Standing up to the Rock
by T. Louise Freeman-Toole
There is a ranch that runs for several miles along the last free-flowing stretch of the Snake River. A beautiful but harsh environment, hellishly hot in the summer and cut off from the outside world for much of the winter, the area is also in the middle of two equally harsh controversies: one over the breaching of the dams on the lower Snake and the other concerning new land management plans in Hells Canyon. T. Louise Freeman-Toole, a sixth-generation Californian, moves to a small Idaho town, little suspecting how profoundly she will be affected by her new life and surroundings. Her frequent visits to the last homestead ranch on the middle Snake River and her friendship with the eighty-year-old ranch owner and his daughter lead her to discover the spirit of the West and her own place there.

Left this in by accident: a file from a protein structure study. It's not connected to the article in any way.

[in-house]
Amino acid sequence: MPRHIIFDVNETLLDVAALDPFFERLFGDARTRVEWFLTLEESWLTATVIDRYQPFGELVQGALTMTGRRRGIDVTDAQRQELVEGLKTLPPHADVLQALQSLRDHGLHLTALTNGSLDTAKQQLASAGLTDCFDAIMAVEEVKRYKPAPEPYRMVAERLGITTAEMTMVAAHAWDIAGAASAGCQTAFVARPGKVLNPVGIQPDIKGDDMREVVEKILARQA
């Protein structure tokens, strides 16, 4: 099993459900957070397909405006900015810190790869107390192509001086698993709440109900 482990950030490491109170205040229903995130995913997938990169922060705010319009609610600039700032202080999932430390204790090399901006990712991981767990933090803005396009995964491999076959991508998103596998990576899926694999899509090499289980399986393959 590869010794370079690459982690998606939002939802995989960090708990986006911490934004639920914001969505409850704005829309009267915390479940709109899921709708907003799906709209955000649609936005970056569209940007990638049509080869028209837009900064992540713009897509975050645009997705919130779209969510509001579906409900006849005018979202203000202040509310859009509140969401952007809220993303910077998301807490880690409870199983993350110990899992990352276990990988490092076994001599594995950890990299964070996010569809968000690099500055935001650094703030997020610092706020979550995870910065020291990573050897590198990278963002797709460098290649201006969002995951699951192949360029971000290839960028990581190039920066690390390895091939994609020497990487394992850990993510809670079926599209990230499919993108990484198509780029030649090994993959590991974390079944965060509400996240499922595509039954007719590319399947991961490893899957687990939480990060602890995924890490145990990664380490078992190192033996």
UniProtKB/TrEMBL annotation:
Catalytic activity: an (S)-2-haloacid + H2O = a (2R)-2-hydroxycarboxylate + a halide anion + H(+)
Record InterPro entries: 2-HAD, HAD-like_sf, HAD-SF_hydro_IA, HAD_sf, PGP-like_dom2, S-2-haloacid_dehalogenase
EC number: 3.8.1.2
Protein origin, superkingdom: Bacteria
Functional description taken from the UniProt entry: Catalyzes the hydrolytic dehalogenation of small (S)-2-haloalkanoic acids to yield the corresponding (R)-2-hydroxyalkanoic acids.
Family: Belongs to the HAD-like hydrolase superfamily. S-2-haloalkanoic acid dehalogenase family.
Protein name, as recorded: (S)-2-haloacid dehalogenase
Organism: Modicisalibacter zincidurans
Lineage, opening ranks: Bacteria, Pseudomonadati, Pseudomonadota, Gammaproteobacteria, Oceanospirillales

With deft and evocative prose, Freeman-Toole takes us along as she and her son round up cattle, fix fences, hike, kayak, meet bears, elk, and sturgeon, and encounter rural traditions and values that force her to reexamine her own views on environmentalism, the treatment of animals, property rights, child rearing, and death. Whether investigating her family's roots in Los Angeles, exploring the threats that tourism, recreation, population growth, and sprawl pose for Hells Canyon, or chronicling her ten-year romance with the rugged and spectacular landscape, Freeman-Toole is an able guide to the fraught territory where old ways and new realities, fierce loyalties and political passions, and memory and longing uneasily meet.

Standing up to the Rock
by T. Louise Freeman-Toole
 University of Nebraska Press, 2001.
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